Medicine in Europe: The greying of EuropeBMJ 1994; 309 doi: https://doi.org/10.1136/bmj.309.6964.1282 (Published 12 November 1994) Cite this as: BMJ 1994;309:1282
- J L C Dall
- Victoria Infirmary National Health Trust, Glasgow G42 9TT.
About a quarter of the population of Europe is now of pensionable age. Facilities for caring for very old or disabled people differ throughout Europe in scope and means of funding, and the countries of the European Union are far from equity in the status of pensioners. Health expectations have increased in older people - most of the calculated gain in life expectancy is likely to be without disability. Most countries now have specialist geriatric medicine facilities, and international research programmes are under way.
The most striking feature of the last century may well be the change in the shape of populations. In the early years of the twentieth century, when the old age pension was initiated and made available to those reaching a retirement age of 65 years in several countries of Europe, around 5% of the populations of these countries was eligible. Now roughly a quarter of the population of Europe is of pensionable age.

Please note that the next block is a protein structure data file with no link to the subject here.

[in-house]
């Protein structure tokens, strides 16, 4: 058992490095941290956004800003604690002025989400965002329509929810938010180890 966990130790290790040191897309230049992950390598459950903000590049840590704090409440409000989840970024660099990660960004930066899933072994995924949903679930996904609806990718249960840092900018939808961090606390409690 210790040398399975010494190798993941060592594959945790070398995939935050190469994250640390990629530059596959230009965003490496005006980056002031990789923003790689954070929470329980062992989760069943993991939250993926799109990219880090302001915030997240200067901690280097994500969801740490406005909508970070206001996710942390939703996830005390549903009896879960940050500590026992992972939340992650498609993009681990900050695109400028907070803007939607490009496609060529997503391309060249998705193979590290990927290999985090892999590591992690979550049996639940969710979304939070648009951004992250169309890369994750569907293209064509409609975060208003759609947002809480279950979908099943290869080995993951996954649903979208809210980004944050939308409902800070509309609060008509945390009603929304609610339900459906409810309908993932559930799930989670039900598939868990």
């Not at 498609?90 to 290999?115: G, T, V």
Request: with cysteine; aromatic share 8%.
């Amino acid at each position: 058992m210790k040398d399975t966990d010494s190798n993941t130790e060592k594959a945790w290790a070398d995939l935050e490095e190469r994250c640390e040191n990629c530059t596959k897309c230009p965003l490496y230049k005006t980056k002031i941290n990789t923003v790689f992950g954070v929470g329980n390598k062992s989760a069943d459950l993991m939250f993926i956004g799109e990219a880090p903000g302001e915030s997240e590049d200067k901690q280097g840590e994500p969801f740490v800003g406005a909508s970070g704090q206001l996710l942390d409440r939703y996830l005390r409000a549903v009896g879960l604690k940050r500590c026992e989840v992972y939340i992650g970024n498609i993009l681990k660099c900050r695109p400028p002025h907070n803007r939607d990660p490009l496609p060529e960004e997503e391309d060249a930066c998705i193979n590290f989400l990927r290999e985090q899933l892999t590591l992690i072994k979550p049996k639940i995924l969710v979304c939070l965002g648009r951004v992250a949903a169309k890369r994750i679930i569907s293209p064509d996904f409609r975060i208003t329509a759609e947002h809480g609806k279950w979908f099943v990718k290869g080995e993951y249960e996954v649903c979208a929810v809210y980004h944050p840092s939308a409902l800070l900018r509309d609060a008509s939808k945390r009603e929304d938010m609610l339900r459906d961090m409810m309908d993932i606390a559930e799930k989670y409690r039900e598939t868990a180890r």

One factor in this change is the reduction in the number of children and consequently the relative increase in the number of older people - this helps to explain why Mediterranean countries have taken longer to reach this stage than has northern Europe. Figure 1 shows that there will be a substantial percentage increase in each age decade. Some of this is due to an improvement in life expectancy as well as a reduction in the number of children. A child born now can expect to live 10 years longer than one born in 1950 and 25 years longer than one born at the beginning of this century.1
The European Year of Older People and Solidarity Between the Generations (1993) was intended to highlight the challenge an aging population presents to society and to encourage an exchange of ideas which collectively might …
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